FINISHING A BUCK
Last issue we covered a simple method to rough in a plywood buck for shaping a fuel tank using some 3/8-inch plywood. This issue I will take that same buck and finish it off so it is suitable for making patterns for the fabrication process.
In the next issue I will use the same pattern making techniques we learned in a past issue on this buck. I’ll fully pattern this tank and transfer patterns to aluminum and then begin the metalshaping process.
As always feel free to ask questions or make requests for future issues by reaching out to me at firstname.lastname@example.org. HB
The first step is to smooth out the transitions where all of the plywood ribs/structure intersects one another. I’ll use these smooth transitions to finish the buck. 2
What I’m going to do is fill all of the voids in the structure with some 1-inch-thick closed-cell insulation board. Here I have some scraps left over from a construction project. 23
In this process I will use the structure itself as a pattern to size the foam pieces to be cut out.
I use a band saw to cut the foam board. It can be cut with a scroll saw, jigsaw, or even a utility knife if you don’t have a saw available. I repeat the process of cutting pieces of foam stacked alongside each other to fill the voids of the buck.
Any method of sanding can be used here. I use a pneumatic angle grinder with a Roloc sanding disk to rough in the shape and then did my final finishing with sandpaper on a sanding block.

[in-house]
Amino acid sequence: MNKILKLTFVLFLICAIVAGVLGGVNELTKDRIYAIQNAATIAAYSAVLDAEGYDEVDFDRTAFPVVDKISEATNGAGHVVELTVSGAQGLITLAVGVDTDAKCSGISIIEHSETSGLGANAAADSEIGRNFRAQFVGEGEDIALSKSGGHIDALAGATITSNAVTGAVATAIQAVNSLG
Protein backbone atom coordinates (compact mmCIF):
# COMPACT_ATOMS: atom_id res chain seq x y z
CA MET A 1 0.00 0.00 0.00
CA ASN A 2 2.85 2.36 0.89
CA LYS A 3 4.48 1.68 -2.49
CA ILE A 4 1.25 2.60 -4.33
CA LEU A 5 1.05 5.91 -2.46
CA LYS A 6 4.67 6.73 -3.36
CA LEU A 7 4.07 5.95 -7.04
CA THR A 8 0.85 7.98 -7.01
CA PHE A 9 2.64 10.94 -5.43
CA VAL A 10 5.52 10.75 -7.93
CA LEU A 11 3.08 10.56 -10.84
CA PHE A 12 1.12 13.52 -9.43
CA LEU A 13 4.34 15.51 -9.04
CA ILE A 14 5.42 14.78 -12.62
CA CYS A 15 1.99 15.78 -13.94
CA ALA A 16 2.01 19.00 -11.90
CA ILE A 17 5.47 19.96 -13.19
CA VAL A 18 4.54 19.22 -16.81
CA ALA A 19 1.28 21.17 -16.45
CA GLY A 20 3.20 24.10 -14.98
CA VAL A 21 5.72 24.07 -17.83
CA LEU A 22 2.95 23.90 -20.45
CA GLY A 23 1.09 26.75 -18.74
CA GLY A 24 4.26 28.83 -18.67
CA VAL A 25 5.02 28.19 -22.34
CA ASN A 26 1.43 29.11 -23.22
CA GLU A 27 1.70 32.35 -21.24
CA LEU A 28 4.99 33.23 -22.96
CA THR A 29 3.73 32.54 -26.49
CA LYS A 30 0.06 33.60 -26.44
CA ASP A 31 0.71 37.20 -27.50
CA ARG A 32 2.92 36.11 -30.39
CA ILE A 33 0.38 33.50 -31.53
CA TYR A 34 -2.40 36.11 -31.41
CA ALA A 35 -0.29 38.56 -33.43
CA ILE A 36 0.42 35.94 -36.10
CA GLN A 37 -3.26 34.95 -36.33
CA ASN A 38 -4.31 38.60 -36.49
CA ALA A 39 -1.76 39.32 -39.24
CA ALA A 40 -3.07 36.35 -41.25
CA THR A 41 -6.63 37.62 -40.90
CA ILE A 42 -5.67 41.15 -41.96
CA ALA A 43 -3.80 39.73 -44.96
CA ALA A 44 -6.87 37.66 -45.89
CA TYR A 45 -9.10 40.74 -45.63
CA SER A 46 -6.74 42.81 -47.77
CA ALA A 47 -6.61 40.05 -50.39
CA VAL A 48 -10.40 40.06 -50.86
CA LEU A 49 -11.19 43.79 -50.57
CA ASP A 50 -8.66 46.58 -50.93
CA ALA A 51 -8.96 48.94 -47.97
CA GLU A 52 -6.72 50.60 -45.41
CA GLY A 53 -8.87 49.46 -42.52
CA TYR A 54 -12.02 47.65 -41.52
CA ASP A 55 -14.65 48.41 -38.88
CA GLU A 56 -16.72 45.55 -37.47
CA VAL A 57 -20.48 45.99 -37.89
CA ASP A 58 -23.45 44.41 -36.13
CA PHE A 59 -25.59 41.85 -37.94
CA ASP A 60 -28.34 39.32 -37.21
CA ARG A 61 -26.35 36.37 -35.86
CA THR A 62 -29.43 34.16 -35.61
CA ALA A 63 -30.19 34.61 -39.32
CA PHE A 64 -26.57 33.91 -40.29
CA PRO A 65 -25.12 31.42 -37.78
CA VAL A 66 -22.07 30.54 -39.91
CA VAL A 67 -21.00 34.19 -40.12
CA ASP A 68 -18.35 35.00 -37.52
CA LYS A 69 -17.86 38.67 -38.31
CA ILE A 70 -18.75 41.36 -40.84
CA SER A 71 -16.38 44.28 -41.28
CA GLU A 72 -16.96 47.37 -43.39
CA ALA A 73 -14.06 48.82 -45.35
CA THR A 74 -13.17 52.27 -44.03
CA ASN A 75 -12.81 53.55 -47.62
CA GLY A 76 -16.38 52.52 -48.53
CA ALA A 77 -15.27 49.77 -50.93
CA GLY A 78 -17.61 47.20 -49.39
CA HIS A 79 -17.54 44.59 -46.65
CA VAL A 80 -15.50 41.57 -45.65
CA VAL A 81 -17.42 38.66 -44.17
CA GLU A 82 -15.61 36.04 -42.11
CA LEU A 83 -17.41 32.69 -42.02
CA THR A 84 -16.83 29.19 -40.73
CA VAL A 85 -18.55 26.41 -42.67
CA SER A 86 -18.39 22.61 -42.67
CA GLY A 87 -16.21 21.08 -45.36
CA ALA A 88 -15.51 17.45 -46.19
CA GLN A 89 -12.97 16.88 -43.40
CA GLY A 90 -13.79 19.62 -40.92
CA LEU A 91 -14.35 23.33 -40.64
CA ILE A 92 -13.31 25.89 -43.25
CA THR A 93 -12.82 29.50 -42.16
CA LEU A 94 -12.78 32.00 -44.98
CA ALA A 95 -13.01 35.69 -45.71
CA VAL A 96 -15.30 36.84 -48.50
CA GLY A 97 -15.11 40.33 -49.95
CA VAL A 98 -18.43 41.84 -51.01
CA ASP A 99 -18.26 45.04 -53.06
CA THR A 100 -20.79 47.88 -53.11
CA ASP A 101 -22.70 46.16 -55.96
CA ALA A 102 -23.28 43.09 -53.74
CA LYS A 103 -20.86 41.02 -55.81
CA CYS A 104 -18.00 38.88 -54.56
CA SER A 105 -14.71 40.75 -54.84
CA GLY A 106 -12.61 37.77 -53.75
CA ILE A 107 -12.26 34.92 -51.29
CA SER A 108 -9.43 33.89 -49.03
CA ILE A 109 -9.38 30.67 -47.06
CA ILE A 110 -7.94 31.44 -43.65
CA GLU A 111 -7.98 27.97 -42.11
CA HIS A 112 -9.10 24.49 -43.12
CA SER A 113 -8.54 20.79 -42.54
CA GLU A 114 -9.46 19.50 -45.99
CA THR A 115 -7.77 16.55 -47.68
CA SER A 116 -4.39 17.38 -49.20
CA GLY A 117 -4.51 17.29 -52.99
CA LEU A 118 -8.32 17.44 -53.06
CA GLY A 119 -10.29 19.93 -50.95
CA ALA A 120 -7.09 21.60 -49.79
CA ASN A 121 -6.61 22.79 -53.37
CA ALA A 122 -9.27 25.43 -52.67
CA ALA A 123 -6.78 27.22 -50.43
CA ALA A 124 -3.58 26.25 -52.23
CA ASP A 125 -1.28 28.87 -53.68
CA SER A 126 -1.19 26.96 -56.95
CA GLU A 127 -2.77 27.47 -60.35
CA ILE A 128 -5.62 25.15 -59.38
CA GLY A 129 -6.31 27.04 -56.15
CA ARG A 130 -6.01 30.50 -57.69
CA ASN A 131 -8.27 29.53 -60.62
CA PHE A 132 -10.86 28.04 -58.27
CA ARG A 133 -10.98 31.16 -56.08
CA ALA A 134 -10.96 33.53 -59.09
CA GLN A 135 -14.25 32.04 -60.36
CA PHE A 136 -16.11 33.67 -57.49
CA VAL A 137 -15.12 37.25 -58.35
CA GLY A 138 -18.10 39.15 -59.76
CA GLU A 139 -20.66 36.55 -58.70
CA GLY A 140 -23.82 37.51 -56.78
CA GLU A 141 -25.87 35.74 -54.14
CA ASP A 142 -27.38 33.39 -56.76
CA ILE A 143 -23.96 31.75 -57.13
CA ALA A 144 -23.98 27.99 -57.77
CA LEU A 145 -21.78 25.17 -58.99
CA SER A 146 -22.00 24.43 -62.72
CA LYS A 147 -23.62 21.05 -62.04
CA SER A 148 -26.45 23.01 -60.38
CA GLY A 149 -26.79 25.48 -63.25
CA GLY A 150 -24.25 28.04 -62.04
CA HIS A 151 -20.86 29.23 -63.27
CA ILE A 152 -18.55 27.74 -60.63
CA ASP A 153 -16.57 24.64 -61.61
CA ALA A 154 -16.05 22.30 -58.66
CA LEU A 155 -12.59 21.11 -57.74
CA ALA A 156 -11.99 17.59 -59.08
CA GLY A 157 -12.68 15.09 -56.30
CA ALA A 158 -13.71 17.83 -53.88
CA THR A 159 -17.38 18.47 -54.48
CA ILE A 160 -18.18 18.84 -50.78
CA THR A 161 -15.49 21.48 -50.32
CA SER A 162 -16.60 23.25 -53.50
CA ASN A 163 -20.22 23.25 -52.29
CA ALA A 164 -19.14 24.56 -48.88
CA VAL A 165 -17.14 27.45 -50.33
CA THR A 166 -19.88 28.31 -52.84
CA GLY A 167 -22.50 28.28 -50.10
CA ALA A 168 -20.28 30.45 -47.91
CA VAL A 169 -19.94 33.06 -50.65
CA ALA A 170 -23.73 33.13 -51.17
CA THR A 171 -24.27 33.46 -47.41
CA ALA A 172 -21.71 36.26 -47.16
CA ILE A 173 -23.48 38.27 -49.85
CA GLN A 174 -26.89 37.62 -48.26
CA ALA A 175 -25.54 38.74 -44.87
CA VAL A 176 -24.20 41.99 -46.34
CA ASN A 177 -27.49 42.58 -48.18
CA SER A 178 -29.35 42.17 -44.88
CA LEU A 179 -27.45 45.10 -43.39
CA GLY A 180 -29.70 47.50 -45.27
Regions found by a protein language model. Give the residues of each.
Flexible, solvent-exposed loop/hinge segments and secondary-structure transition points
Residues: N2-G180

5 I use hot glue from a hot-glue gun to secure the foam in place.
After several voids have been filled, I start the process of smoothing out the surface using the ribs of the buck to dictate the shape.
I continue to fill the voids in the bottom and opposite side. Then I sand them smooth as I go along. If you have not already figured it out, you’ll want to cut all of the foam pieces a little oversize to help minimize the voids in the surface.
Once all of the voids are filled and sanded you should have a very good three-dimensional visual of what the entire body of the tank will look like. Don’t be concerned about the surface being flawless or if there are some voids in the foam. We will still have a good surface to lay and pull patterns from for the metal shaping process.